Recommendations for textbook or course alongside wanikani/bunpro for grammar/vocab/reading practice?

I recently started Wanikani, know about 200 kanji now.

I’m at a level where I can read some things, but lack vocabulary, and probably some grammar. I’ve been using bunpro on the side for some grammar. I’ve done about half of the N5 lessons there, though definitely not mastered all of those.

I’m just wondering if it would be useful to have some kind of more guided textbook-type support for learning alongside it in a more “traditional” way, ideally that would have common words, and more in depth teaching of grammar, and of course lots of accessible reading (maybe listening?) practice.

So I’ve heard of Genki, みんなの日本語, Japanese from zero, some youtube ones…

Really curious to see what people would recommend or what experience you have with any of them, or others. Especially from the lens of doing them alongside wanikani/bunpro, as someone who has sort of started reading things but still lacks a lot of words and only knows some grammar.

Generally I feel like I’m at the point where I just want meatier stuff to put the language into practice I suppose.

I’m open to any style of support, physical books could be fun for a change from always using screens to learn, but if something is on an app/website I don’t mind. Youtube courses could also be good to listen to in the background while doing other things.

For context, it might be worth mentioning I tend to learn languages in an intuitive way and pick up grammar/patterns/vocab from context easily, whereas I absolutely hate (and can’t) memorise things through buteforce if there’s no logic behind it. I normally avoid textbooks for this reason because every time I’ve interacted with school material, it was always the worst possible way to teach. So I’m preemptively a bit skeptical of textbooks like genki for me.


So I have a website I’ve been using…

I’m not saying it works wonders (I’ve been struggling with grammar for years), but it’s the best resource I’ve found until now that works for me.

It’s a pretty holistic site. It’s supposed to teach you kanji, vocab, grammar and a bunch of other stuff all together.

It has an SRS too, but it doesn’t work as well as WaniKani’s (or others’), so I personally wouldn’t bother using it.

What I find amazing about it though… Is its very large and comprehensive dictionary…

It has a tonne of example sentences.

Don’t know why, but I was also impressed by finding 3 example sentences about ‘prairie’ (I’m easy to be impressed, I will admit :laughing:)

Their grammar dictionary is… Very nice. I have had instances of getting lost in there for hours just reading the points or browsing their interesting articles.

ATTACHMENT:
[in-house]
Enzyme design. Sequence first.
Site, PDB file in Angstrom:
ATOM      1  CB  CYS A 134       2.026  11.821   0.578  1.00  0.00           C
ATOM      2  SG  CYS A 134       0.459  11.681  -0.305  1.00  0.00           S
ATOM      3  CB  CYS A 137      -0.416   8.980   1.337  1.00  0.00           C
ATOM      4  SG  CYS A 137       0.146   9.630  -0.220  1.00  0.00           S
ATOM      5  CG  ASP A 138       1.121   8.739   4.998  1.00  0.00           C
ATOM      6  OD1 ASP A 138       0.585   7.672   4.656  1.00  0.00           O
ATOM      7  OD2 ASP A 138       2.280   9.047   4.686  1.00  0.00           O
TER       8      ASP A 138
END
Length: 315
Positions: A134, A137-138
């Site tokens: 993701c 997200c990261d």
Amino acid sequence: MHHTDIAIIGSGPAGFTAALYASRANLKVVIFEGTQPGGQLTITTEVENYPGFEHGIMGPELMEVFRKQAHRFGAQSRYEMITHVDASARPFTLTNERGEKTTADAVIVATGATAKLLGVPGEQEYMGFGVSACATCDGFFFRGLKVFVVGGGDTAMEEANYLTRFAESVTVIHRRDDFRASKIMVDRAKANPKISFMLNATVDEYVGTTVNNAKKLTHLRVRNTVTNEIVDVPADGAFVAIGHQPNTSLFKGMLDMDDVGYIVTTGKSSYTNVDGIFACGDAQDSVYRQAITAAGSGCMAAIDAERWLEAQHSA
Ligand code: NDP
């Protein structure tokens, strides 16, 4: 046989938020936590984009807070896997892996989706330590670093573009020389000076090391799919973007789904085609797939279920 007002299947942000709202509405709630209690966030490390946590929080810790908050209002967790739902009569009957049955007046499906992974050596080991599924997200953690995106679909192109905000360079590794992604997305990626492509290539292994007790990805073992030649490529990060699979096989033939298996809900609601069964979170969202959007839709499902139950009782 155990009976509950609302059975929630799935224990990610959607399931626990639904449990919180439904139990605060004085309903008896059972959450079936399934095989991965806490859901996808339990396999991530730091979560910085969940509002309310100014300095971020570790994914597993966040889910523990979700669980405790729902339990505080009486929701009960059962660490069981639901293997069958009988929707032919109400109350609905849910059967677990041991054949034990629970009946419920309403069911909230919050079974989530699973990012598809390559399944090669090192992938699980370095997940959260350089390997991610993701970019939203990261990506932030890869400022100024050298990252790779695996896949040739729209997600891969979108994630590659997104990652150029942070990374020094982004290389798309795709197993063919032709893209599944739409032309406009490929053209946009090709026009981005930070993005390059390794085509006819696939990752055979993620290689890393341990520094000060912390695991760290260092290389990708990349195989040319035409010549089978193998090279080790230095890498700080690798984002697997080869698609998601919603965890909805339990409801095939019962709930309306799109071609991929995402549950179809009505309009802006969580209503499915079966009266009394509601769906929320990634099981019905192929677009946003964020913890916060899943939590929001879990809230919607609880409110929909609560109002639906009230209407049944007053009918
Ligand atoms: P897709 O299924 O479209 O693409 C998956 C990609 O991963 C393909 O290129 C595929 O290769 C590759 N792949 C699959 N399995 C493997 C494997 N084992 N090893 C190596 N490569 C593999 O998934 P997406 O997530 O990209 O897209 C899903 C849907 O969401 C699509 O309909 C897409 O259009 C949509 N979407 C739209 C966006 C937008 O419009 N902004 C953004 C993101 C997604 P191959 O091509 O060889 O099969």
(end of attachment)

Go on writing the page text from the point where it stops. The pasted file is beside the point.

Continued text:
It also has games, tests, stories (not many, and quite short though), etc…

NOW, a lot of the stuff is free to access. Some other stuff is free up to a point (then resets every month). Some other stuff still, is naturally behind a paywall.

It offers a curated course (and there’s one even tailored to be done in conjunction with the Genki textbooks, but then again you mentioned you didn’t like them :laughing:). The first few lessons are free, then the rest need to be paid (the site offers a monthly subscription, just like WaniKani).

Of course you can try it and see for yourself.

I personally never paid for it as I use it mostly for the games, and to check example sentences and things in its dictionaries. As for the grammar, I enjoy reading about them and (try to) memorise them myself :laughing:


I’ve been using Irodori, which is kind of like Genki, but free online. It has the full textbook with sound files available, and you can also do it with their guided online course. The guided course has videos for listening practice and quizzes as well. I use both.

The italki teacher I’ve been doing lessons with recommended it to me (perhaps because it’s free for both of us, but it really is pretty decent). Ultimately, that’s what I would do most of all, a once or twice a week lesson with a native Japanese italki teacher. It’s not free, but it’s less than you would think and you can pay as you go, rather than all at once.


I picked up the Human Japanese + Human Japanese Intermediate apps (by the makers of Satori Reader) after I saw them recommended here. Just finished them and started the Nutshell Grammar series in Satori Reader, which seems really good too. I recommend them! Lots of comprehensible input, the quality of explanations is good. I also use Bunpro to drill what I’ve learned.

My one quibble with it is that I wish it introduced the plain form earlier instead of suggesting that you memorize verbs in their polite form. But if you’ve gotten halfway through Bunpro N5, I’m guessing you already found a good treatment of verb conjugation and you’ll be able to convert between them anyway, so that won’t bother you.